Border Surveillance and Monitoring

In addition to the physical barriers on the U.S.-Mexico border, there is a “digital wall” that incorporates 8,000 cameras, 11,000 underground sensors, and a fleet of 107 aircrafts, 8 drones, and 260 surveillance vehicles and boats. The “digital wall” covers nearly the entire 2,000 mile border.

The U.S.-Mexico border is becoming increasing militarized. Over the past two decades, there has been a dramatic increase in surveillance tools and technologies being used on the border, as well as an increase in the number of border patrol agents. In ten years, the number of border patrol agents more than doubled and there are currently 20,000 agents monitoring the border. These agents utilize “military-style” tactics, strategies, and tools, such as drones, military helicopters, and remote surveillance systems. The increased militarization has led to dehumanization and violent behavior by the border patrol agents on the southwest border, as well as a wave of anti-immigration legislation within the country.

The surveillance and monitoring of the U.S.-Mexico border is a multi-billion-dollar industry. There are many military contractors supplying the same tools and technologies to the U.S. Customs and Border Patrol as the U.S. military. The following text provides a summary of the surveillance and monitoring on the U.S.-Mexico border, as well as the companies involved in the sector.

Constructing the “Digital Wall” on the U.S.-Mexico Border

The U.S. Customs and Border Patrol (CBP) utilizes a myriad of tools and technologies to monitor the U.S.-Mexico border. The tools include:

-          Integrated Fixed Towers
-          Tethered Aerostat Radar System (TARS)
-          Remote Video Surveillance System
-          Intelligent Computer Assisted Detection
-          Law Enforcement Technical Collection
-          Mobile Video Surveillance System
-          Mobile Surveillance Capability
-          Agent Portable Surveillance System
-          Ultra-Light Aircraft Detection
In addition, there are almost 20,000 border patrol agents, as of March 2018.

There have been several unsuccessful and costly attempts at creating a comprehensive border surveillance program on the U.S.-Mexico border. In 1997, an L-3 Communications subsidiary was awarded $43 million to create the Integrated Surveillance Intelligence System and give the border “digital eyes and ears.” The program was scrapped due to errors and constant delays and, in 2005, morphed into America’s Shield Initiative. America’s Shield Initiative cost $163.6 million and was cancelled due to problems, lack of integration, and poor oversight.  In 2011, DHS initiated the Secure Border Initiative (SBI). The program was to run the entire 2000-mile U.S.-Mexico border. The contract was awarded to Boeing with an expected cost of $2.5 billion, but was cancelled soon after due to software errors.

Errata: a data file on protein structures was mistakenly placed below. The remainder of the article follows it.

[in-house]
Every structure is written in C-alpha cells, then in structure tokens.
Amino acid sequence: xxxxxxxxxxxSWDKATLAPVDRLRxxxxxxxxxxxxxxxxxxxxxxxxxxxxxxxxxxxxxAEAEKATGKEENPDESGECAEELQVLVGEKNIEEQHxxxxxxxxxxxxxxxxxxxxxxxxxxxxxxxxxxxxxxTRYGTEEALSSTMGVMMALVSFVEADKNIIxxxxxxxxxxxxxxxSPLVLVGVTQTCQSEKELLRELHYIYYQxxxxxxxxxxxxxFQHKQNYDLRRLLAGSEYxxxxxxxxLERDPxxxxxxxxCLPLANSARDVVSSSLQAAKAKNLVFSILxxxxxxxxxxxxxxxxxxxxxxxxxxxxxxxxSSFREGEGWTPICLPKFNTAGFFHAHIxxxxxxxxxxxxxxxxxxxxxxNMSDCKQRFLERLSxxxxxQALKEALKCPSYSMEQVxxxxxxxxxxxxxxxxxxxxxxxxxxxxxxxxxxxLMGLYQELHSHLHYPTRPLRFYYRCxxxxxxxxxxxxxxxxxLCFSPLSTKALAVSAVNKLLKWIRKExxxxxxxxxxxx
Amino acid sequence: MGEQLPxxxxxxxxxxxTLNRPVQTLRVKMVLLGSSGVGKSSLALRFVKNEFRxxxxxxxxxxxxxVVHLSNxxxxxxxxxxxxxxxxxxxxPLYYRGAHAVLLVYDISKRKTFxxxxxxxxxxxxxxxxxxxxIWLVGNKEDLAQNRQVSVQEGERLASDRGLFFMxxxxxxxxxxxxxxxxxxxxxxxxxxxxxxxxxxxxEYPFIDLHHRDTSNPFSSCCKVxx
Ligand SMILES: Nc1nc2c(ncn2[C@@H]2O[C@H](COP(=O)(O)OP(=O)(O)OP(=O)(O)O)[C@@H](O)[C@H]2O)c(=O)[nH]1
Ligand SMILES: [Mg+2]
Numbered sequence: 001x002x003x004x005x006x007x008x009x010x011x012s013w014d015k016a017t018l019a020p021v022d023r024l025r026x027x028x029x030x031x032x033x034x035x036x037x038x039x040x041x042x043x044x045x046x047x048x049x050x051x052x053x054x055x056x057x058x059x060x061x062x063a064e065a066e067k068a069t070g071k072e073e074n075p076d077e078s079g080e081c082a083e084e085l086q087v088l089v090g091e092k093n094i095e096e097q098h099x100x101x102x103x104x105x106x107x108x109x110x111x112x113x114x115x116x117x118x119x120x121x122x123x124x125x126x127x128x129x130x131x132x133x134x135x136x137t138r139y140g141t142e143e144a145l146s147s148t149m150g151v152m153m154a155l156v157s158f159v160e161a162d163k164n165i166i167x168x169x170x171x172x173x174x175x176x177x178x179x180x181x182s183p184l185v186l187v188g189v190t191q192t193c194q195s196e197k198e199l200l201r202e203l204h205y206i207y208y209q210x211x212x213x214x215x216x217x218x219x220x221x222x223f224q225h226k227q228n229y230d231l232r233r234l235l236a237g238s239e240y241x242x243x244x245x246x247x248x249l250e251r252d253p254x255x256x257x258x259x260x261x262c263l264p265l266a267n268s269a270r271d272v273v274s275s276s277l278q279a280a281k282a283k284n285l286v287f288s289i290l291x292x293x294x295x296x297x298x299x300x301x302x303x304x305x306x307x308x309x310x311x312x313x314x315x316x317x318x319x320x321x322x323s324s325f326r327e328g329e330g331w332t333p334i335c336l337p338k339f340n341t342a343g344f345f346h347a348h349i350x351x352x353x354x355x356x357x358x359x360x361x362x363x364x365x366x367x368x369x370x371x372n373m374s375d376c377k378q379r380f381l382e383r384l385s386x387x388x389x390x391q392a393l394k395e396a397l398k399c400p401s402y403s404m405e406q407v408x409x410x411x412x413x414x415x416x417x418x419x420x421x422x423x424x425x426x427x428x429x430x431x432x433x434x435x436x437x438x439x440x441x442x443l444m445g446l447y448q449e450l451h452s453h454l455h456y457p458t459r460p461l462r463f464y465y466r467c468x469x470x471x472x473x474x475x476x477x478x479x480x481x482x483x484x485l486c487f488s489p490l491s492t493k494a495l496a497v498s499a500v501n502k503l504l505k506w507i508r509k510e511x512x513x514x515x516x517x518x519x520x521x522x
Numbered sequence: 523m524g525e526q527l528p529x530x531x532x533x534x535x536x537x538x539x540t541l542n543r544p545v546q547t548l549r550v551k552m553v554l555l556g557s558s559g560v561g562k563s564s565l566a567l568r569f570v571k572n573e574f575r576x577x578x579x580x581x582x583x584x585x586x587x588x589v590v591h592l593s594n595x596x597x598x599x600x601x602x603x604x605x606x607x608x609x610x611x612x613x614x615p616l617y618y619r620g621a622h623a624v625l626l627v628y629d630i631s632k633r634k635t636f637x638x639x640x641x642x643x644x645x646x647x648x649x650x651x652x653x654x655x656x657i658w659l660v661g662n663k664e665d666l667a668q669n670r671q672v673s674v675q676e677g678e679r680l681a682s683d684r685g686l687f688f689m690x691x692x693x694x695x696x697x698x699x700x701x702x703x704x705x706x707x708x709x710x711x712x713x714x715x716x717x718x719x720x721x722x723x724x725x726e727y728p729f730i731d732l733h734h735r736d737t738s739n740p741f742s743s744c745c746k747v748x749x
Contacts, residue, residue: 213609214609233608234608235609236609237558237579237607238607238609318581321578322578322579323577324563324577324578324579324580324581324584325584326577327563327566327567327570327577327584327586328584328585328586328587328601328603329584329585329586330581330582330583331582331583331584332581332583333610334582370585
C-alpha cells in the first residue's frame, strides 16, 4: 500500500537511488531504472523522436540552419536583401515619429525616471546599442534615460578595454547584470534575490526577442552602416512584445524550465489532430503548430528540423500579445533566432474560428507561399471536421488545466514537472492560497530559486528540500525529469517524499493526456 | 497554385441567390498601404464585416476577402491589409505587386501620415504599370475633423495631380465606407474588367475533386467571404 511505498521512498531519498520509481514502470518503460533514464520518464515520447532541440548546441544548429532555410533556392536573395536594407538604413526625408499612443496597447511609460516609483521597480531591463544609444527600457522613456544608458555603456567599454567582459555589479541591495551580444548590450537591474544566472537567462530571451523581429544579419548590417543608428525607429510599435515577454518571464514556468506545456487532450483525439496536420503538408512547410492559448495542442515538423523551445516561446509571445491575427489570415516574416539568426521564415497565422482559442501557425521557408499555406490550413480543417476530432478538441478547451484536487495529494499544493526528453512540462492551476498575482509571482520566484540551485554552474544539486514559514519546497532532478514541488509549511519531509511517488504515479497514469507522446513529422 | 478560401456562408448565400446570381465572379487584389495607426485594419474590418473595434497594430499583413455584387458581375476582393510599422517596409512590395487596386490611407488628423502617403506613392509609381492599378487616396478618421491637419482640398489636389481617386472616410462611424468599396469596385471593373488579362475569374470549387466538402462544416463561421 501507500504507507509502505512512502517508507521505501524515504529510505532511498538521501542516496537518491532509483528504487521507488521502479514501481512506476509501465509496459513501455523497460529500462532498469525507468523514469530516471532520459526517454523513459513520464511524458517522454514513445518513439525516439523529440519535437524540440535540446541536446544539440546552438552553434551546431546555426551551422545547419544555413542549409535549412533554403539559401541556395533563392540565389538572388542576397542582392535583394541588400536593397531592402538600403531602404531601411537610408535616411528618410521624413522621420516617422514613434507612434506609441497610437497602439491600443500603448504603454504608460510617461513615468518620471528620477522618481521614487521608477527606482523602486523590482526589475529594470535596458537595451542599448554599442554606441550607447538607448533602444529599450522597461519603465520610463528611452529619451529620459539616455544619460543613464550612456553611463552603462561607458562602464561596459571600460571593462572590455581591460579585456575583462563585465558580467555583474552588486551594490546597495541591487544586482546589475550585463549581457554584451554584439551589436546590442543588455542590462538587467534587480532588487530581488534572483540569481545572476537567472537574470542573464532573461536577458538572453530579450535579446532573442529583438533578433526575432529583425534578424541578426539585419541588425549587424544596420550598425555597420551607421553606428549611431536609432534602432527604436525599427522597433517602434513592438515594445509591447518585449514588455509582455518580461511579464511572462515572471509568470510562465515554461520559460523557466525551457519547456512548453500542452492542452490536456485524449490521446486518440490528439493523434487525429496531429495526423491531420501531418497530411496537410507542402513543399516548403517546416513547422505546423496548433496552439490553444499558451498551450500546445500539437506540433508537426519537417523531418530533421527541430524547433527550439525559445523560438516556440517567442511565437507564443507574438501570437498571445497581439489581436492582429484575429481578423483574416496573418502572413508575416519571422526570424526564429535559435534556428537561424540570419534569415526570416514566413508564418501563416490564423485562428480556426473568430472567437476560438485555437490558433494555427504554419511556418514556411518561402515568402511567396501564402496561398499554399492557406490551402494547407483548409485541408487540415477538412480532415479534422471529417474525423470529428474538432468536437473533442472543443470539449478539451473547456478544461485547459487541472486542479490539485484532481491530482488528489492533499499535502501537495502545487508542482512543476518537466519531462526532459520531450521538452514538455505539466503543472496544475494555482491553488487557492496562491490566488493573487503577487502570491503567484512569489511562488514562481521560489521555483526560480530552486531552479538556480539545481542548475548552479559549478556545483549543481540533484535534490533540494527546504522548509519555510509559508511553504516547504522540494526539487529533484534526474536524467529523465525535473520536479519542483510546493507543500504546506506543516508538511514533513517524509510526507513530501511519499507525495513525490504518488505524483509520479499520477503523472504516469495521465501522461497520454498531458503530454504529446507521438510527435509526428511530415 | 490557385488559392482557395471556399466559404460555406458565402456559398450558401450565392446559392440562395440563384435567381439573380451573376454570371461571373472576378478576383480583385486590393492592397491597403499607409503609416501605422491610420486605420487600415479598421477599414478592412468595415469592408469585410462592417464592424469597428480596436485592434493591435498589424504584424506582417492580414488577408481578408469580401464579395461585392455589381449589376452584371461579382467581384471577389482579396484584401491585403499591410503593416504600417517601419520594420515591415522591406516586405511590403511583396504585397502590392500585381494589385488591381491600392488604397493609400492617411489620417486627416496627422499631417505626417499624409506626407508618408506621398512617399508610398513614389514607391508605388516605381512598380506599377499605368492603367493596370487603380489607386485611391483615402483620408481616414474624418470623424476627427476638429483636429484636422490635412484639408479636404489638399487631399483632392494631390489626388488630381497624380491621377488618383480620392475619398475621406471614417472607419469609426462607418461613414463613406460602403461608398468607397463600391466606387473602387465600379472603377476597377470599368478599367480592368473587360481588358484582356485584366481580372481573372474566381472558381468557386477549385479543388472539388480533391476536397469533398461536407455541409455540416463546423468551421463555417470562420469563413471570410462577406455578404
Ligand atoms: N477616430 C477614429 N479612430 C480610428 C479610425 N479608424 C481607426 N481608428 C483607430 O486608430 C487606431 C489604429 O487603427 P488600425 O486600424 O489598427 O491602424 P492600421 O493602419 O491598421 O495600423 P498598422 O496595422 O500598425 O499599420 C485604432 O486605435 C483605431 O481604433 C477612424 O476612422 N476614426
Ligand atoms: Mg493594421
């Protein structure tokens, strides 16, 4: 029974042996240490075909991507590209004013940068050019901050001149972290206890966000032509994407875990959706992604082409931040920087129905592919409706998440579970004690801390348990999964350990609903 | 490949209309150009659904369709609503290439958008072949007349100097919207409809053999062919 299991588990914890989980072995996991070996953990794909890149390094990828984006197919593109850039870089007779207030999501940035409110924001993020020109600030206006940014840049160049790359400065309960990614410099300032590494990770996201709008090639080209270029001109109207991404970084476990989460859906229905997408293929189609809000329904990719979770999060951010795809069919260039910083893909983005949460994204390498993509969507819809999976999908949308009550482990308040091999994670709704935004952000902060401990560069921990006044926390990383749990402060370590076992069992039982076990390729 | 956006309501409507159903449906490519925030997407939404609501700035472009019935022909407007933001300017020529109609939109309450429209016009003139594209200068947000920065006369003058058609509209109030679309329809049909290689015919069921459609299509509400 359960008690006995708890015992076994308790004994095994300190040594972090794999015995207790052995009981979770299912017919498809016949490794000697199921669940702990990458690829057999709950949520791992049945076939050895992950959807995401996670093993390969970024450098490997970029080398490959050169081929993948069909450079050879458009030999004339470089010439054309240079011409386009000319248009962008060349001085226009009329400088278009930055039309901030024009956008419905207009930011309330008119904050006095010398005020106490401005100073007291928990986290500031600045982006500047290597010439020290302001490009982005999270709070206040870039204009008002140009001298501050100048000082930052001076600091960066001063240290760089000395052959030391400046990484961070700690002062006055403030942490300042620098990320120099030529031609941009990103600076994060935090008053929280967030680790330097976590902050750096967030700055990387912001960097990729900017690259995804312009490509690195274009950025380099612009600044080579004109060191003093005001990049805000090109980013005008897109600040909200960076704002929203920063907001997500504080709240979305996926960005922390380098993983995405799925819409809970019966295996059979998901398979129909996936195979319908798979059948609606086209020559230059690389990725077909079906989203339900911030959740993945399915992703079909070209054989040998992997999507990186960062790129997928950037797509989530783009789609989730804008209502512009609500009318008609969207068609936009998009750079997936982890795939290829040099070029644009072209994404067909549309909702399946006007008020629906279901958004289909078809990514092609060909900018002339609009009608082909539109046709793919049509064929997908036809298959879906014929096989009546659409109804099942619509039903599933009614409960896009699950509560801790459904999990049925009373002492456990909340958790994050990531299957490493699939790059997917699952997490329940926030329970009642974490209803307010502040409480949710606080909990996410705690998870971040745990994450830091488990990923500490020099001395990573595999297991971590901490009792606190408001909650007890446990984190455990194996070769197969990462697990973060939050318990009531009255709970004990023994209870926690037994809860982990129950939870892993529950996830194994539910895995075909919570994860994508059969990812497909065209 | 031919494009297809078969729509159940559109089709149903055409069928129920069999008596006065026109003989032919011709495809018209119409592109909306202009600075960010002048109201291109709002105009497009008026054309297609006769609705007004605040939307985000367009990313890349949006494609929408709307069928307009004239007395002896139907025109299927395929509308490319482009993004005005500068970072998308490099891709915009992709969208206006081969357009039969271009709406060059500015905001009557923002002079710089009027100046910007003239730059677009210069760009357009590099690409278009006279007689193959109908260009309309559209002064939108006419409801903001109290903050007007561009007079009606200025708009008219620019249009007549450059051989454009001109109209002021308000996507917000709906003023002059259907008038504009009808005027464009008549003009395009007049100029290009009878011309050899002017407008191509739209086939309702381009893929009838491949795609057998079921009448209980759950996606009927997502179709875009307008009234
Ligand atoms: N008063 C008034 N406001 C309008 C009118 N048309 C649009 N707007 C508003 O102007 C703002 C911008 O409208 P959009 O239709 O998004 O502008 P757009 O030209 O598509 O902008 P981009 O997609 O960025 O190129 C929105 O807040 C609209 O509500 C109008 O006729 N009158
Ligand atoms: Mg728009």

In 2011, Elbit Systems was contracted to create the Border Surveillance System (BSS). The project is still ongoing and is expected to finish in 2020. The BSS combines the previous surveillance iterations, and includes the tools and technologies listed above. The contract had an original price of $145 million.


There are many publicly-traded companies within the sector. In addition to companies being the primary on integrating the various tools and technologies, such as Boeing with SBI or Elbit with BSS, there are many companies that produce the tools and technologies, such as cameras, sensors, vehicles, unmanned aircrafts, and x-ray and cargo inspection software. The latest iteration of the border surveillance plan includes Integrated Fixed Towers and remote video and mobile surveillance capabilities.

General Dynamics and CSRA, Inc. have been awarded contracts to provide the CBP remote video surveillance systems. Telephonics Corporation, a subsidiary of Griffon Corporation, and FLIR Integrated Systems, Inc. have provided CBP with mobile surveillance capabilities.  Unisys has provided facial recognition software and Smiths Detection, ManTech, and American Science Engineering, Inc., a subsidiary of OSI Systems, provided vehicle and cargo inspection software. Elbit, Vectrus, and Lockheed Martin have provided drones.

The main companies in this sector are:
American Science & Engineering, Inc., of Billerica, MA (NASDAQ: ASEI)
CSRA, Inc., of Falls Church, VA (NYSE: CSRA)x
Elbit Systems Ltd., of Haifa, Israel (NASDAQ: ESLT)
FLIR Systems, of Wilsonville, OR (NASDAQ: FLIR)
General Dynamics, of West Falls Church, VA (NYSE: GD)
Griffon Corporation, of New York City, NY (NYSE: GFF)
Harris Corporation, of Melbourne, FL (NYSE: HRS)
L-3 Technologies, of New York City, NY (NYSE: LLL)
Leidos, of Reston, VA (NYSE: LDOS)
Lockheed Martin, of Bethesda, MD (NYSE: LMT)
Northrop Grumman, of Falls Church, VA (NYSE: NOC)
OSI Systems, of Hawthorne, CA (NASDAQ: OSIS)
Raytheon Company, of Waltham, MA (NYSE: RTN)
Smiths Group plc, of London, UK (LON: SMIN)
The Boeing Company, of Chicago, IL (NYSE: BA)
Unisys Corporation, of Blue Bell, PA (NYSE: UIS)
Vectrus, of Colorado Springs, CO (NYSE: VEC)